Documentary on the Washington, D.C. punk scene, with a focus on the earlier years.
Don’t Tread on We! (Mass Appeal). Review by Bob Pomeroy.
Paul “HR” Hudson led the band Bad Brains but fell into mental illness. This is the story of his finding the way back.
Companion photo book to the documentary Salad Days, an exploration of Washington DC’s trailblazing hardcore punk scene.
The rise of punk in our nation’s capital gets chronicled in Salad Days.
The net result of plowing through a weighty tome like this is a sense of awe at how a bunch of kids created their own culture whole cloth, like the music industry on a Utopian, communal, microcosmic level.
Akashic Press expands, redesigns, and re-releases Mark Anderson and Mark Jenkins’s invaluable DIY learning tool, Dance of Days. Even better, it’s just as energizing as the first read. What were YOU up to at age 16?
Bill Hale’s slick photo collection reminds haters and fans alike of Metallica’s glory days. Even Matthew Moyer admires the redemption.
Phillip Haire catches up with ground-breaking punk band Bad Brains, with enigmatic front man H.R. on board, at a rare Orlando date.
A serviceable documentary of a working band in creative transition, Door of No Return misses an opportunity to explore the history of one of the most intriguing reggae bands of all time, Steel Pulse.
Cool Out and Coexist (RIOR). Review by Chris Catania.
It was another night of dirty, rowdy punk rock as Big D and the Kids Table brought their Steady Riot Tour to Orlando. Jen Cray got knocked around in the pit, but still managed to make her way out and report back.
Rhythm Amongst the Chaos (Reaper). Review by Jen Cray.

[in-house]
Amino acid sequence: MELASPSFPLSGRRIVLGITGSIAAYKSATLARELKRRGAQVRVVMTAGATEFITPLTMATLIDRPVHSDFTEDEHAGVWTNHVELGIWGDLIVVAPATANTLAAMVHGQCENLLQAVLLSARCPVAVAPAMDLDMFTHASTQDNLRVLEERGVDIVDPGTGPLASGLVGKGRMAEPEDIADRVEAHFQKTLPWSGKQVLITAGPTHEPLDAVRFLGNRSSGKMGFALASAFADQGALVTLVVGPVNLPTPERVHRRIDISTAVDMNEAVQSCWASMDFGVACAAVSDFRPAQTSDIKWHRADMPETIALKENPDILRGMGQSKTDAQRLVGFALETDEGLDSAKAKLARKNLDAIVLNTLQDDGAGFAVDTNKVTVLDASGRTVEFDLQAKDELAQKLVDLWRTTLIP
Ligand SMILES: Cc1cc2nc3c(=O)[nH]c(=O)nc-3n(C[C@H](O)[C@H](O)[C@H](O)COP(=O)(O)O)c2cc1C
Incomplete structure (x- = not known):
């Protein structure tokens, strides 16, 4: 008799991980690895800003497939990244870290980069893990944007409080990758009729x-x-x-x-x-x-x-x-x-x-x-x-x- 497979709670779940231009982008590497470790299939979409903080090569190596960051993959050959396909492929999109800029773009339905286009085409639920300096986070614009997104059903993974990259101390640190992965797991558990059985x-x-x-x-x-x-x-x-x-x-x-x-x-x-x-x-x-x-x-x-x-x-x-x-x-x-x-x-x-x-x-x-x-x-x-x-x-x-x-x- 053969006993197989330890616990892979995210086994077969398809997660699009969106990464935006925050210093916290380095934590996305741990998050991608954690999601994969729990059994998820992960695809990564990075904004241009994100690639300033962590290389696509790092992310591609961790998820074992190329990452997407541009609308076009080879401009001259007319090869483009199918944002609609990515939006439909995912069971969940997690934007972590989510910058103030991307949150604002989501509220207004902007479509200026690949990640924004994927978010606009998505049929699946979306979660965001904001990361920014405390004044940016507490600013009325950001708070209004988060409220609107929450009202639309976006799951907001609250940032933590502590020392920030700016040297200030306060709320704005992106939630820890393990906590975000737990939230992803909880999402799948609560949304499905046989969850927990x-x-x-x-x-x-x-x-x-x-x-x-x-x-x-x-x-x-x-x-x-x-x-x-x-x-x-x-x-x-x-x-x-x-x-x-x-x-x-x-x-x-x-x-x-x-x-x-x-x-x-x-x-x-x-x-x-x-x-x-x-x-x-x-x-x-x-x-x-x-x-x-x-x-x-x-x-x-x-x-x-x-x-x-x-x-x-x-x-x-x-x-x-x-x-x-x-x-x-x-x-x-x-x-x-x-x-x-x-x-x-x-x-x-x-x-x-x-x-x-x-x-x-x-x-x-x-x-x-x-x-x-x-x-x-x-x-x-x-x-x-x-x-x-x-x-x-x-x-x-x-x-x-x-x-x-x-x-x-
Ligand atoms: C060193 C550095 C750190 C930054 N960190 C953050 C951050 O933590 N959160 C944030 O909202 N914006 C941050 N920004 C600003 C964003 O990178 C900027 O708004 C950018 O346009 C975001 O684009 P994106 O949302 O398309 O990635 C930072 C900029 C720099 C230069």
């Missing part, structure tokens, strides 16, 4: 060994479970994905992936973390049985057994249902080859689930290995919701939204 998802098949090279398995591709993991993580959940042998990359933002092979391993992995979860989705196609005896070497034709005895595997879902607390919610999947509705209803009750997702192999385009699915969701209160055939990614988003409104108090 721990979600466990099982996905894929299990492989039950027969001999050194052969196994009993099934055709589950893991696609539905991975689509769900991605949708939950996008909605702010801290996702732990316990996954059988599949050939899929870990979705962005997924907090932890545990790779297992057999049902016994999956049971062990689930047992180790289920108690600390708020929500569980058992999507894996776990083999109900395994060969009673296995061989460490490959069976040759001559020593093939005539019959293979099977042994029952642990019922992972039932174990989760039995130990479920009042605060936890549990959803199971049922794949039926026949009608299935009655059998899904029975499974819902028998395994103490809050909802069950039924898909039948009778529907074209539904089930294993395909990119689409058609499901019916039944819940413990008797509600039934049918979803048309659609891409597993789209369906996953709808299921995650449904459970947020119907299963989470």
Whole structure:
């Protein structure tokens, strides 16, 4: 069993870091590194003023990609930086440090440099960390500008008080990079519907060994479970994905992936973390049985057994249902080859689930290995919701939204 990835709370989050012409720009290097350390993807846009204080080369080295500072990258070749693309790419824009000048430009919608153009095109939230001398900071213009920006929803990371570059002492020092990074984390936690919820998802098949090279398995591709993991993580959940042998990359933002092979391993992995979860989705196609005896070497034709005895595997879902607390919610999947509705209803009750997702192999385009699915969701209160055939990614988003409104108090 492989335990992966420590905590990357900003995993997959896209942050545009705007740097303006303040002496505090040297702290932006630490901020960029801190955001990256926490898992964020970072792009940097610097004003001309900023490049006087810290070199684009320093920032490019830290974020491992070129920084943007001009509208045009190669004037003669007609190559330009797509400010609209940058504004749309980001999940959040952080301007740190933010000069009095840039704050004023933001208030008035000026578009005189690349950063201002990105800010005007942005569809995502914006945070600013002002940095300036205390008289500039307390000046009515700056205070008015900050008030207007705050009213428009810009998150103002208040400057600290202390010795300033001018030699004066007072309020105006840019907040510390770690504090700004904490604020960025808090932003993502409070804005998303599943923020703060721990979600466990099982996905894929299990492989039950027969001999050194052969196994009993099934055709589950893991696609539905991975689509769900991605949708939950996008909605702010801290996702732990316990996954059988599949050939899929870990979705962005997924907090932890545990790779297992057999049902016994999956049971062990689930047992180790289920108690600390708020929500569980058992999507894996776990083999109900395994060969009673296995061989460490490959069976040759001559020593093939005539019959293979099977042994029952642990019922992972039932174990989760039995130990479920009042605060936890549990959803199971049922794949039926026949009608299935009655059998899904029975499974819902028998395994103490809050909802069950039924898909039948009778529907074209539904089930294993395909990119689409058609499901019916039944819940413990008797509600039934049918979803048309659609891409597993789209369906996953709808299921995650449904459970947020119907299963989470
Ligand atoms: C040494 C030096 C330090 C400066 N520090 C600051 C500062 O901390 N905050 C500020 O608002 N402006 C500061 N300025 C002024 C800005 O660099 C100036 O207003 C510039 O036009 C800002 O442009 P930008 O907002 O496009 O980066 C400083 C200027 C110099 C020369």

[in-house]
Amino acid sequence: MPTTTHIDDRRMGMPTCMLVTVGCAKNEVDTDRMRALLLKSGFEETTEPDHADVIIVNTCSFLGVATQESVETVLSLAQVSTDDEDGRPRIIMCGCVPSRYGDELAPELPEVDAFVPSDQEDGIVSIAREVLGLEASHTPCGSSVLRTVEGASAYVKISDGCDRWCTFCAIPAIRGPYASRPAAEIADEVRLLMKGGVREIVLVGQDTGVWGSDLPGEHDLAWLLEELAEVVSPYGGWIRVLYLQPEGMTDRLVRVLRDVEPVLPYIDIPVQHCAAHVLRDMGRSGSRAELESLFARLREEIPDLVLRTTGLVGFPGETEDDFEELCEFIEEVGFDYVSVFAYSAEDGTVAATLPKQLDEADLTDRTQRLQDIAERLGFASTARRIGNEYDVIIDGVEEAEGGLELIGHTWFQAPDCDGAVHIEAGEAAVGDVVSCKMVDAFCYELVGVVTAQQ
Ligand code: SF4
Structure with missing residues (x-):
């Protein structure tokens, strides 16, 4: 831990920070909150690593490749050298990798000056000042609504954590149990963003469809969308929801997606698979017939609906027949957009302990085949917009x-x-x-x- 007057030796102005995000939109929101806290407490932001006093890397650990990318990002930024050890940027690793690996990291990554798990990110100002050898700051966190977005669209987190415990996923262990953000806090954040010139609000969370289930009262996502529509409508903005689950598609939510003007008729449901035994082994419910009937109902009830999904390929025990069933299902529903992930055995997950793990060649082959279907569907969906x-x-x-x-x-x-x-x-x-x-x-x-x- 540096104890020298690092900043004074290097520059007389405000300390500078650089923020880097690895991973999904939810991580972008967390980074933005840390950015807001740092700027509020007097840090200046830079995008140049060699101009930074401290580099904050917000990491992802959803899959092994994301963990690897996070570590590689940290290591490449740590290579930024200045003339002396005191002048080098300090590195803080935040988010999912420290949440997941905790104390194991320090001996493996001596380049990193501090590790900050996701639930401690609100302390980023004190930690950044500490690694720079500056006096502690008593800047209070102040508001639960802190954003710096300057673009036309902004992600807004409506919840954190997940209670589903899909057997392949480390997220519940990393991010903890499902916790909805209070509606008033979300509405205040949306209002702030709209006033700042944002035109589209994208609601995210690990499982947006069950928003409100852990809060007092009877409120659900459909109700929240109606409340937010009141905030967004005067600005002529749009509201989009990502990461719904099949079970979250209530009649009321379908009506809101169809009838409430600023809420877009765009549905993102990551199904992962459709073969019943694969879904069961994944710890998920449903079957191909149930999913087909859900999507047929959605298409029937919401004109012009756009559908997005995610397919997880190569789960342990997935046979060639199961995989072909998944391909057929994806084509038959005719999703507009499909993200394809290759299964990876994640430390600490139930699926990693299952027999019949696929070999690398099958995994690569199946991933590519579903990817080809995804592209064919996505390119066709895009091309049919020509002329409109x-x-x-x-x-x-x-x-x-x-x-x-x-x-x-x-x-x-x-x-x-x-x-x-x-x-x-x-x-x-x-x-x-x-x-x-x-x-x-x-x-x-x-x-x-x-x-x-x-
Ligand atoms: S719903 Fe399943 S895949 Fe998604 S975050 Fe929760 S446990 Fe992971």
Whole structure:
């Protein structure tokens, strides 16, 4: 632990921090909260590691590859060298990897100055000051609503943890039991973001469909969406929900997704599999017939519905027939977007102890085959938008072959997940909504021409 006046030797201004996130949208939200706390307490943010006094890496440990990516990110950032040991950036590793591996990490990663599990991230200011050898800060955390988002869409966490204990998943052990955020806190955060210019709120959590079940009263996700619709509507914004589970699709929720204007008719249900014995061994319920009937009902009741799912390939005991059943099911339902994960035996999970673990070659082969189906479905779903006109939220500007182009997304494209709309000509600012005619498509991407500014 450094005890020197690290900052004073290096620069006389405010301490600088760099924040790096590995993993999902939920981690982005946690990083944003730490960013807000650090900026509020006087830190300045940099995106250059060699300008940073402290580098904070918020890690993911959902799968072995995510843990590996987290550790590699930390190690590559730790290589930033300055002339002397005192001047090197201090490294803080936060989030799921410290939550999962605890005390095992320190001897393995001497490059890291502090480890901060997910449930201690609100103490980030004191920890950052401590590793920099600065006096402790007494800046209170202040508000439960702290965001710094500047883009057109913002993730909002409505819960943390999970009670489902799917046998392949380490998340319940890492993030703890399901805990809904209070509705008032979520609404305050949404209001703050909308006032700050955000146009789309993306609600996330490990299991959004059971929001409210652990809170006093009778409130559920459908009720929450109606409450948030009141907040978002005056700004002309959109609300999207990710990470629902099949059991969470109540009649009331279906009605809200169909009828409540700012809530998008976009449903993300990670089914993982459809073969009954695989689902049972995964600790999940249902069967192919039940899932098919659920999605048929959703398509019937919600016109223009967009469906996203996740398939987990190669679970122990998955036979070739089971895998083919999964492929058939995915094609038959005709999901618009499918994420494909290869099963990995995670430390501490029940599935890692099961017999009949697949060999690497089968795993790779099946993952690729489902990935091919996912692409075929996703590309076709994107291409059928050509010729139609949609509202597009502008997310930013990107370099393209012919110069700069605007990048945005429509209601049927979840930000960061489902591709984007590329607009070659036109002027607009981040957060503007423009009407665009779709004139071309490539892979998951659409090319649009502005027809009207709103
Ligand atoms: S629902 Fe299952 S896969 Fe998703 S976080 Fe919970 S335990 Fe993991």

FDR (Uprising). Review by Jen Cray.
The first ever Volcom Tour brought co-headliners Riverboat Gamblers and Valient Thorr to Orlando, along with label mates Totimoshi and ASG. This was exactly the kind of show Jen Cray had been waiting for.
The Re-Issues (Jaybird & Weight of the World) (I Scream). Review by Jen Cray.
The Social, in Orlando, has been frequently offering two-night residencies to bands that can easily sell out the small venue. Booking the bill with big talent and odd packaging, these shows are usually a hot ticket and always memorable. For a holiday treat in December, Bouncing Souls were the band in big letters with hefty support from The Street Dogs , Whole Wheat Bread and World/Inferno Friendship Society. Jen Cray was there for the mayhem on night #2.
Fuck the System (Spitfire). Review by Stein Haukland.
After The Last (Badman). Review by Terry Eagan.
Irreversible Trend (Radical). Review by Troy Jewell.
Recently on Ink 19...
Just in time for the heavy metal Christmas shopping season, European author Alexandros Anesiadis delivers his latest — a thorough and riveting encyclopedia-type account of the hard-working DIY American bands that created an important underground music scene that’s well worth remembering.